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John Dewey Academy
Great Barrington, MA
John Dewey Academy Flourishes
November 13, 2008
There is a rumor that The John Dewey Academy fights for its existence. However, we are two thirds filled, so there is bed space. Rather than compromise quality, we have encouraged the last three prospective students to go elsewhere.
The IRS "forced" my wife and me to sell Searles Castle because the IRS arbitrarily rejected the value determined by an appraisal company. Inadvertently, the IRS did us a favor because we have had three bids which double the original appraisal value. Moving will be traumatic, but I am confident all will survive.
There are two ways to evaluate the effectiveness of a college preparatory and therapeutic school: The credentials and stability of the faculty.
First: Most JDA teachers have PhD's. There has been no faculty turnover for three years. Most of the faculty have been with us for more than five years. All faculty, but one, feel they received generous merit-based salary increments of more than five percent. Ken Steiner, who is my designated successor, a veteran of The John Dewey Academy, for almost twenty years waits patiently for me to die. I do not plan to retire unless felled by a stroke.
Second: The reputations of colleges which admit graduates, their performance at college and the graduation rate. All (100%) of our graduates attended college. More than three-quarters attend graduate college.
The 2008 graduate class college campaign was a college professional's dream. All but one was admitted early decision to the college of their first choice. I was done with my recommendations by December 15. Graduates of this class will attend Amherst College, Brandeis University, Columbia, Goucher, Oberlin, Sarah Lawrence (2) Colleges and the University of Chicago. Two were rejected. I protested and appealed so both rejections reversed. I waged war for the regular admit. Last year, two of my recommendations exceeded forty pages. The average length of a recommendation was thirty-three pages.
Prior to attending The John Dewey Academy, most students had mediocre grades and inconsistent academic records. Many functioned more than one grade level below chronological age, so they needed intensive, individualized instruction to remedy educational deficits.
Since the first class graduated in 1987, all graduates have attended college. Similar to elite prep schools, The John Dewey Academy wants to be judged by the reputations of the colleges which admit its graduates. Seventy percent attend the most selective fifty colleges. Ten percent attend the most selective one hundred institutions of higher learning.
A third have made the Dean's List at Barnard, Bates, Binghamton and Brown Universities, Carleton, Colby, Columbia (College and University), Connecticut College, Cornell, George Washington and Georgetown Universities, Haverford, Hobart, Holy Cross, Mount Holyoke and Muhlenberg Colleges NYU (College of Arts and Sciences and Tisch School for the Performing Arts), Oberlin College, Ohio Wesleyan University, RPI, Rochester University, Spelman and Skidmore Colleges, Syracuse University (Visual and Performing Arts & Newhouse School of Communications), Trinity College, Tufts University, Union College, the Universities of Chicago, Hartford, & Massachusetts; Vassar, Wellesley,& Williams Colleges.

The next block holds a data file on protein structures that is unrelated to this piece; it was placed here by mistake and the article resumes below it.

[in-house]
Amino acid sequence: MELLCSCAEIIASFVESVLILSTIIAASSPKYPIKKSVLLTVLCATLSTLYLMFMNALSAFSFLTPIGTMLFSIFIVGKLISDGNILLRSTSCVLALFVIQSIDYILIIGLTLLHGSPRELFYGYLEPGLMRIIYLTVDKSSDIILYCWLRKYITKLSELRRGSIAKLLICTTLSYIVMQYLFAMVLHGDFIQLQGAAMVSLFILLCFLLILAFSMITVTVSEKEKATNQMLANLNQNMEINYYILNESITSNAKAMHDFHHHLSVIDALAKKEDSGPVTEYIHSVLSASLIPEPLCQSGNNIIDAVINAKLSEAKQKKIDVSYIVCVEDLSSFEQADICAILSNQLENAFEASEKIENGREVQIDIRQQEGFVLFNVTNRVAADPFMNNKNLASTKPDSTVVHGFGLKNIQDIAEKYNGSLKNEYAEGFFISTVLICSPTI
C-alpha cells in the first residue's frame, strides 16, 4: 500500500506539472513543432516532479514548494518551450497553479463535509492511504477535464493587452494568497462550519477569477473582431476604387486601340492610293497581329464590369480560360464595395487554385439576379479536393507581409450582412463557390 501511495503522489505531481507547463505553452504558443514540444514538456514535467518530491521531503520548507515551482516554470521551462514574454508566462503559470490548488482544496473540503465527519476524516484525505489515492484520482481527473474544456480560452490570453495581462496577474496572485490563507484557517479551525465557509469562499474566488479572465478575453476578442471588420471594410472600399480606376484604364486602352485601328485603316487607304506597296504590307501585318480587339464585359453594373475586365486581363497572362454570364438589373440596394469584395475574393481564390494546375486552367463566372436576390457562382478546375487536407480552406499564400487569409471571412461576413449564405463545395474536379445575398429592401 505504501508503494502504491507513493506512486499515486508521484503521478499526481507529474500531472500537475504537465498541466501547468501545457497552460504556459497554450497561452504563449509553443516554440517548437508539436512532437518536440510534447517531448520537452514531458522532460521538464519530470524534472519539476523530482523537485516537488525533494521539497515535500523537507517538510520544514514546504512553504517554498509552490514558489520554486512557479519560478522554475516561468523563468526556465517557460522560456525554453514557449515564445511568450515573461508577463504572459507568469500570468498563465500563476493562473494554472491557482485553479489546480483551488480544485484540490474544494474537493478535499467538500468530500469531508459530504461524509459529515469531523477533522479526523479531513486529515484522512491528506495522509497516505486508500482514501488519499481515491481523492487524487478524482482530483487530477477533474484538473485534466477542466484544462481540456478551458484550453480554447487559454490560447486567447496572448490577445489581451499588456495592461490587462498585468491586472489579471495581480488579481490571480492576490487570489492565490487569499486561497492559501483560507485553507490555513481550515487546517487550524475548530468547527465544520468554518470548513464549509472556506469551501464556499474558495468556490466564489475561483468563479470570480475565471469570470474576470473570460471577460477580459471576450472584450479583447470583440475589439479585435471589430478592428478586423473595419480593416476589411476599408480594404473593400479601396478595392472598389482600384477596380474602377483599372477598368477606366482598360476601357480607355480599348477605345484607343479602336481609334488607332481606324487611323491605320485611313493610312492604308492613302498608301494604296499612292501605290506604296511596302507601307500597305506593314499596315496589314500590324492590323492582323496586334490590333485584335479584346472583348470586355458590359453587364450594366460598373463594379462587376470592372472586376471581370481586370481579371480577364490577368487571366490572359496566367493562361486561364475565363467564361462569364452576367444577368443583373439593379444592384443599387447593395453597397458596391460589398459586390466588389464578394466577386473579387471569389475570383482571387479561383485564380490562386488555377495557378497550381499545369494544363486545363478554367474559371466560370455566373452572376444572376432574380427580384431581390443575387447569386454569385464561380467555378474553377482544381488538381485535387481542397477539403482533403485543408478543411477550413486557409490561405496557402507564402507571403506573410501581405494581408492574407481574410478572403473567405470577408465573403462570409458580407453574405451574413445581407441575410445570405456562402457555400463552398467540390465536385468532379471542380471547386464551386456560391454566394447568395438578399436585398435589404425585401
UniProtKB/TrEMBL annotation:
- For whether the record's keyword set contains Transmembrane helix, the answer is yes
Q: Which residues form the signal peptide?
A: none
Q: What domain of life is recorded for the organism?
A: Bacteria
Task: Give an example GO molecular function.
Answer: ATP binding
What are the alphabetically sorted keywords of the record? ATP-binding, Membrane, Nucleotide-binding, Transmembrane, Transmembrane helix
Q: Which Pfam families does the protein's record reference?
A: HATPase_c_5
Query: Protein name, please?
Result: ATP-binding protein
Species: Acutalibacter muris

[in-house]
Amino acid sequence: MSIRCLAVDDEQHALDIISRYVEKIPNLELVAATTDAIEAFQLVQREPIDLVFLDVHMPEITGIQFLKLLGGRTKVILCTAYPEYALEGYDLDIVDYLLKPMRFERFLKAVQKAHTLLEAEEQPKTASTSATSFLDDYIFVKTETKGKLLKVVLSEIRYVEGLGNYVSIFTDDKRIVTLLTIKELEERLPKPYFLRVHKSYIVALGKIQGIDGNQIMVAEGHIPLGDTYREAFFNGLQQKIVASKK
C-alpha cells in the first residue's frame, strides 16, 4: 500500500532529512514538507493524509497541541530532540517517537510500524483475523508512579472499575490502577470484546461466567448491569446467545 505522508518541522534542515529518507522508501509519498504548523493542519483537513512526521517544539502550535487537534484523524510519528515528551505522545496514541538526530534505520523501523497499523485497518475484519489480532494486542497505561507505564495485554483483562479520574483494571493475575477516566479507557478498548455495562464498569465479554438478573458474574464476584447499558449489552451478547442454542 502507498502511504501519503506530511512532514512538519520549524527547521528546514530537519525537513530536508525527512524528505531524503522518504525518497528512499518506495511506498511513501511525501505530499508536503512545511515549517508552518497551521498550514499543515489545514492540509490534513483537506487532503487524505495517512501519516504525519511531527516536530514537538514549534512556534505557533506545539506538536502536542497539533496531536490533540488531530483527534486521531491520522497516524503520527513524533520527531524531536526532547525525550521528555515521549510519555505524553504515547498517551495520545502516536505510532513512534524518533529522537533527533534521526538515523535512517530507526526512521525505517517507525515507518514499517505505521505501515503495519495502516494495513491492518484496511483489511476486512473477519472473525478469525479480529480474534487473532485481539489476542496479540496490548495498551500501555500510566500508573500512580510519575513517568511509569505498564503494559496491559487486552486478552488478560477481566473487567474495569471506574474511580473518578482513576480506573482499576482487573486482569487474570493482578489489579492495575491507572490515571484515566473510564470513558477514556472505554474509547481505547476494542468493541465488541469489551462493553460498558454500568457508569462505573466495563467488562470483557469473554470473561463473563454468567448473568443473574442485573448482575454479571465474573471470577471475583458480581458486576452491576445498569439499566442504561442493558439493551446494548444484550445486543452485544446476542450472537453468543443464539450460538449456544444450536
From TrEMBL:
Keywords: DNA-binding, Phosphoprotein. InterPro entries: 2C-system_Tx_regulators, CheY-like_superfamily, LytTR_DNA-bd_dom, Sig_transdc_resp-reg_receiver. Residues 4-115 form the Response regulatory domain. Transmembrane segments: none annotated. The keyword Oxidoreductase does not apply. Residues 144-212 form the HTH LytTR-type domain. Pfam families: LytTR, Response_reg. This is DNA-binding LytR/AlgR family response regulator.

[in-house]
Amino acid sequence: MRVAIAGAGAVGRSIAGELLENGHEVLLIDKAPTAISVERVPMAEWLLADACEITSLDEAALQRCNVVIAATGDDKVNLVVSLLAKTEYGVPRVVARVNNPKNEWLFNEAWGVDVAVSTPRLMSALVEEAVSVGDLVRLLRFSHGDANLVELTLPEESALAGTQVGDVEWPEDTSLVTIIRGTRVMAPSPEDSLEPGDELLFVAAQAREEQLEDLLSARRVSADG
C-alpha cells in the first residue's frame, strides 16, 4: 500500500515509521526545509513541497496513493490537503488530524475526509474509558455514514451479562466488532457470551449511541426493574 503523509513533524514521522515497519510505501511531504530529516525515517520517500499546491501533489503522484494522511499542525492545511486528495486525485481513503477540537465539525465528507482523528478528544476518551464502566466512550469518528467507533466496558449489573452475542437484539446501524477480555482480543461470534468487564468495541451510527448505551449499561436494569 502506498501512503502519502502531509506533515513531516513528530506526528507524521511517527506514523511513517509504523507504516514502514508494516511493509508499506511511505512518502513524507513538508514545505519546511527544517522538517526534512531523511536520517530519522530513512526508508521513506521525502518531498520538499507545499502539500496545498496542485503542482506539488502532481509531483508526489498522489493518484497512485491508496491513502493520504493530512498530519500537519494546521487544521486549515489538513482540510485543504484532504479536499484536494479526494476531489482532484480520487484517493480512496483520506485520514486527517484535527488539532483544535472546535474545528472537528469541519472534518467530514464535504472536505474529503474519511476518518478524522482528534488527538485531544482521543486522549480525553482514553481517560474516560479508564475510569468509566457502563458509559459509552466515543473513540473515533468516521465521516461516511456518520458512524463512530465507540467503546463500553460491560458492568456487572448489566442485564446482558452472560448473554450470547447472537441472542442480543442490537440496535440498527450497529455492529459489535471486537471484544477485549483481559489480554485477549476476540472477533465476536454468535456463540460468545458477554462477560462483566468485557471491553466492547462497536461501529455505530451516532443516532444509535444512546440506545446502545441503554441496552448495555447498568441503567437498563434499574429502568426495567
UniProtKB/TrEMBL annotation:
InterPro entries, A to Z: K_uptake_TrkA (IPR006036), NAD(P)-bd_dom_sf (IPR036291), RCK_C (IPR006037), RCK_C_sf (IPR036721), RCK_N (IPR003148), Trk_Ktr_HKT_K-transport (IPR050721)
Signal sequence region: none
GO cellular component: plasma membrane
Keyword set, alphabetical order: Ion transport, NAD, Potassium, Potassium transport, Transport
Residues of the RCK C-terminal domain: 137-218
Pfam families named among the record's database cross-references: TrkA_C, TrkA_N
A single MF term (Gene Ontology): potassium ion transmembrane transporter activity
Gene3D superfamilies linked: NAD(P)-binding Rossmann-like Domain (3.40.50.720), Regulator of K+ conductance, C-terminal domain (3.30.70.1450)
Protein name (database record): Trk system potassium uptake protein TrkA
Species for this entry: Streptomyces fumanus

Two members of the JDA class of 2002 attend Harvard and NYU Law Schools. Two members of the class of 2003 attend Albany and Pace Law Schools. Another 2003 graduate attends the clinical psychology Ph.D. program at Yeshiva University.
All but one of the class of 2006 made the Dean's List. The lowest average was 3.3. Two were elected class officers; the others have assumed prominent leadership roles.
While outrageously premature, I am confident that all but two of our seniors have been admitted by colleges which rank in the top fifty by US News & World Reports. I very much would like to list these impressive colleges but am reluctant to do so only because I do not want to antagonize any Director or Dean of Admissions. All recommendations have been received by Offices of Admission. The average length of my college recommendations are thirty pages.
Debvoise & Plimpton LLP and Wilmer Culter Pickering Hale and Dorr applied for tax exempt status for us to the IRS. These two prestigious law firms did the work pro bono.
I am concerned that fund raising efforts to permit us to become a tax exempt public charity is disappointingly slow. Twenty percent of our families' net worth exceed several hundred million dollars, so they are immune to the precipitous drop of the stock market and anticipated decrease in commercial real estate. It would only take one family to finance our not-for-profit corporation.
My wife and I have pledged to donate The John Dewey Academy and its contents, which I estimate to be worth +/- $5,000.000, when there are matching funds as an incentive to contribute which I remain confident we will receive. Assuming the worst, we have a serious buyer who I believe will preserve the integrity and identity of JDA.
Since 2006, I have published ten articles. Currently, two articles are being peer reviewed prior to being accepted for publication.
Mark Twain is reported to have quipped when reading his obituary "that reports of my demise are greatly exaggerated."
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